Two of America's most accomplished entrepreneurs are joining forces to raise the alarm about what they say is the country's deteriorating education system, the New York Times reports. Bill Gates of Microsoft and Eli Broad of Sun America plan to spend $60 million during the upcoming presidential campaign to advocate for educational measures ranging from lengthening the school day and calendar to offering some form of merit-pay for teachers to revising curriculum standards.
The planned advertising spending is unprecedented for an advocacy group, the Times observes. The Swift Boats for Truth campaign, which bedeviled John Kerry's presidential bid spent less than half of what Broad and Gates hope to spend, the paper says.
"If we really want to get the job done, we have got to wake up the American people that we have got a real problem and we need real reform," Broad told the Times. (To read the article, click here.)
At Inc., we have been interested to see that entrepreneurs now routinely place education at the top of their lists of important political and policy issues, higher than immigration and higher than taxes, which was in the past thought to be the only issue business owners really cared about. What do you think? Is education at a crisis point? And is it important for business leaders like Gates and Broad to spotlight education on the national political stage? Or do you think that, to make change, they could invest their money in a better way?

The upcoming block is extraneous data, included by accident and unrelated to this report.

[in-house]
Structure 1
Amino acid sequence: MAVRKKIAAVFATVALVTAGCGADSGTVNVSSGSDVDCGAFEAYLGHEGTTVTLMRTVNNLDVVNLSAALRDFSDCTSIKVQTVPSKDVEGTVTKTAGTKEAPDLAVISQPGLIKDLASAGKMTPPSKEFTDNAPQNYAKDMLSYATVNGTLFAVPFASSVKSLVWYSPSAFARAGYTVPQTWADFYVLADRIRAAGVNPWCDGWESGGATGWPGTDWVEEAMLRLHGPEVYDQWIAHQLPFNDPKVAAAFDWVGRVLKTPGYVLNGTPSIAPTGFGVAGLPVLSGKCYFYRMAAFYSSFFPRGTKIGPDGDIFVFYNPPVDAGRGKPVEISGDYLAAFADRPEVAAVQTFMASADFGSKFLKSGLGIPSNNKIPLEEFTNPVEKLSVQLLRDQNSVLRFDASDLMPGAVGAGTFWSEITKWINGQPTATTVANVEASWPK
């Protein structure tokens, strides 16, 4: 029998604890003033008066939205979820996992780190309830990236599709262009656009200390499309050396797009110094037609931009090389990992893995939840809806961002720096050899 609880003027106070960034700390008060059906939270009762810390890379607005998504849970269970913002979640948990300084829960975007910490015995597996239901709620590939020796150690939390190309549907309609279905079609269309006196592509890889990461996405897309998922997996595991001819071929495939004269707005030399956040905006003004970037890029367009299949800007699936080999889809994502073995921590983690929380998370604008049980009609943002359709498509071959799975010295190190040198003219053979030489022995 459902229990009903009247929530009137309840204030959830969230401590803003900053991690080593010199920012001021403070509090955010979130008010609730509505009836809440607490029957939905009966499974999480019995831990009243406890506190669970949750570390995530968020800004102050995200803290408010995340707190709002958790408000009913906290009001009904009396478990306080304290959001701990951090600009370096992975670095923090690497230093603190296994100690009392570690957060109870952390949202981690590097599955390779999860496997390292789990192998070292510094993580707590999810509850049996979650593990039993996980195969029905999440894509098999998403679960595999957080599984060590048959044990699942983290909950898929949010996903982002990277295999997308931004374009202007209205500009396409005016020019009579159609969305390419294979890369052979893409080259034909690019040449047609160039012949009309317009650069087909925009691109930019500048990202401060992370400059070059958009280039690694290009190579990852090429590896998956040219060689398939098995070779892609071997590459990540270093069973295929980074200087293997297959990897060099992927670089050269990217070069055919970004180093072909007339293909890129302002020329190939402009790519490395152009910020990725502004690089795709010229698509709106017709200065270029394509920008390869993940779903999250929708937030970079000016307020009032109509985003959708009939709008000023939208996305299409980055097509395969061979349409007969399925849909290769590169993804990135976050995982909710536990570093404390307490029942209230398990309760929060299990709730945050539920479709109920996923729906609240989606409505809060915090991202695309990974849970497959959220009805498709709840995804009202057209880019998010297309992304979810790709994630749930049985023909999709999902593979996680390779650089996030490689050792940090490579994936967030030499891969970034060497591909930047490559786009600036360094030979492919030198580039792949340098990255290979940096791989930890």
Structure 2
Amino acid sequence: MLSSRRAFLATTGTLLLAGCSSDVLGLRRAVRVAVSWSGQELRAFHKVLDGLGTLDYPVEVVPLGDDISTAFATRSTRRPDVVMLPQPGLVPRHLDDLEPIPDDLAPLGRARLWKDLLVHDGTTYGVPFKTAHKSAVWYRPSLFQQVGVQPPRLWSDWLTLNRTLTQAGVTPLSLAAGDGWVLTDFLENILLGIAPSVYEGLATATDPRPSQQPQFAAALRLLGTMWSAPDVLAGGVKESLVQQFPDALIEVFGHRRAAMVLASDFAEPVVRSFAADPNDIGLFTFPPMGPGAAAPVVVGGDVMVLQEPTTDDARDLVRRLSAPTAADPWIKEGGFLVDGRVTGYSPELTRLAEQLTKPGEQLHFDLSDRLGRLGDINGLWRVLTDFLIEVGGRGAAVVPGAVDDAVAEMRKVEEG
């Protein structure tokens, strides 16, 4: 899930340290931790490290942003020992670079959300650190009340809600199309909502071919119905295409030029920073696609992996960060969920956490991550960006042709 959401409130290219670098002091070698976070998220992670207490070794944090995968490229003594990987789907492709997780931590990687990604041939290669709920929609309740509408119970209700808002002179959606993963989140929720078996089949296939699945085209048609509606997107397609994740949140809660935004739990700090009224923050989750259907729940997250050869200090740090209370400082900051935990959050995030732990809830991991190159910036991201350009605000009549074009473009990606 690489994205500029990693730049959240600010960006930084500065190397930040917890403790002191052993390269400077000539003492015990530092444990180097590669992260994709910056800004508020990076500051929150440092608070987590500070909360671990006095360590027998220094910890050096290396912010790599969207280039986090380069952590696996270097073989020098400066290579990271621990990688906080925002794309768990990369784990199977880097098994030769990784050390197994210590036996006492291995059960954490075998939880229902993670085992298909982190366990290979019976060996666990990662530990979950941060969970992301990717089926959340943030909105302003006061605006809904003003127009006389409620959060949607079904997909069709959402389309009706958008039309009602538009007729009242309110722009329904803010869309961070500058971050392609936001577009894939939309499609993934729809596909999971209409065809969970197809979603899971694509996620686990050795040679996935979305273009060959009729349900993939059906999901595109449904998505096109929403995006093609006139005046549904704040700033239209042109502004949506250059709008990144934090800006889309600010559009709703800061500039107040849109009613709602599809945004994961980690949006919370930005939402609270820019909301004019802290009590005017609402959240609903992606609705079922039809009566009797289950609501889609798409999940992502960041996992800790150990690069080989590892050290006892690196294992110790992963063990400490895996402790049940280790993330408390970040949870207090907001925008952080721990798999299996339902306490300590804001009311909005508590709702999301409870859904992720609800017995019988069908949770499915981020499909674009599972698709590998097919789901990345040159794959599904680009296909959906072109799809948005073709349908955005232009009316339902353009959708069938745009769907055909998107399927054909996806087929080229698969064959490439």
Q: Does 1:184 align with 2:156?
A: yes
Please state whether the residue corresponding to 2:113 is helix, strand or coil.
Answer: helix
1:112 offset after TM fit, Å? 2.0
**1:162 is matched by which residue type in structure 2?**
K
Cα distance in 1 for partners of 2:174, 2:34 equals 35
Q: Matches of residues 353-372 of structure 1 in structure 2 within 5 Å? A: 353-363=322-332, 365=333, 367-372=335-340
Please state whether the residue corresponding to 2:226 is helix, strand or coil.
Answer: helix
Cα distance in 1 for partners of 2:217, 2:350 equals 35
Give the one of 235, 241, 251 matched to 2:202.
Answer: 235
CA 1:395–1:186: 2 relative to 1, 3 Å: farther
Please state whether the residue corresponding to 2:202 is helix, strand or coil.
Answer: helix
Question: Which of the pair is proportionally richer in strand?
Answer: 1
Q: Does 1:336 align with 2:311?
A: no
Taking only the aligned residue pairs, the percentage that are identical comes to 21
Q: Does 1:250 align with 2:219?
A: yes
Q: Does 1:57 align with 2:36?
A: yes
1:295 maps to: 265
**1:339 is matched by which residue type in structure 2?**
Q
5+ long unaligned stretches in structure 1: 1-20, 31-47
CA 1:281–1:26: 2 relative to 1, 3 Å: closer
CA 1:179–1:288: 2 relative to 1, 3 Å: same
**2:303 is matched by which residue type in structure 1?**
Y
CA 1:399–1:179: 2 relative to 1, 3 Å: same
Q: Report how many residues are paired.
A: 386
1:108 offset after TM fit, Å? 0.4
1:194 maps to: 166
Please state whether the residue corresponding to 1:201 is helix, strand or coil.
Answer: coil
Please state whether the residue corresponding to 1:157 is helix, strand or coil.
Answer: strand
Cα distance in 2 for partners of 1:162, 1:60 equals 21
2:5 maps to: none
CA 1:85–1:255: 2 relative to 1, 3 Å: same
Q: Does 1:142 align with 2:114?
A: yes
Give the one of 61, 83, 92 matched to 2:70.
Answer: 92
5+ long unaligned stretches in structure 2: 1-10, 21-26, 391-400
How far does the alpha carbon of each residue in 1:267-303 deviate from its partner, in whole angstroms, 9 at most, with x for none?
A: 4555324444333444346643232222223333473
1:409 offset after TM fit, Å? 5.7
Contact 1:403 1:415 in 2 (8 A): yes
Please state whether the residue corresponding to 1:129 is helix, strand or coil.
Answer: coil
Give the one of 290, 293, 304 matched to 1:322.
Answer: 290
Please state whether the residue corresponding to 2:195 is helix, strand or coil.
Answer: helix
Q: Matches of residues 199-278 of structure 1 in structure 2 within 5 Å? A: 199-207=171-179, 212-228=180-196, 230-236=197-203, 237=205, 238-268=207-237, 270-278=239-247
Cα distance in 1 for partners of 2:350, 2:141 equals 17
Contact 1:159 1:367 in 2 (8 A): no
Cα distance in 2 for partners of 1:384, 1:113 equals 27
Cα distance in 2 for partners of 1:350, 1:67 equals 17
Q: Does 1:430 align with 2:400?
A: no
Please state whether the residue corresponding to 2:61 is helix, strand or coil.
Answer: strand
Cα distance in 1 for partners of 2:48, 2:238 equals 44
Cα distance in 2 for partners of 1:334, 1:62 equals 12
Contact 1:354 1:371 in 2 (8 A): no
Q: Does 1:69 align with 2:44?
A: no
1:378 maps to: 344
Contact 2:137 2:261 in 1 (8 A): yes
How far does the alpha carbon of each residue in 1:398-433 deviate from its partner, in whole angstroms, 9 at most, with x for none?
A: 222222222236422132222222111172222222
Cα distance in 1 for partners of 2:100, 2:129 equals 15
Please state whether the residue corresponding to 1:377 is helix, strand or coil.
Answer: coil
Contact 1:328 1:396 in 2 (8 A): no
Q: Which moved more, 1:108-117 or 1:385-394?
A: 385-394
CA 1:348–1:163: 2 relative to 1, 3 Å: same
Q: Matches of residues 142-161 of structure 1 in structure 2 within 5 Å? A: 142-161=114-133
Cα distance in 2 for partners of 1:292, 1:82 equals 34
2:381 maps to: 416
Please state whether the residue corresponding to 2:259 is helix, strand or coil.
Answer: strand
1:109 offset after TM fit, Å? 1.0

Last updated: Apr 25, 2007
MIKE HOFMAN was previously editor of Inc.com and a deputy editor at Inc. magazine, which he joined in 1996. The site was nominated for a National Magazine Award for Digital Media in 2010, and was named the best business website by Folio Magazine. In 2006, Hofman was part of a team of writers nominated for a Webby Award for best business blog. He lives in New York City. @mikehofman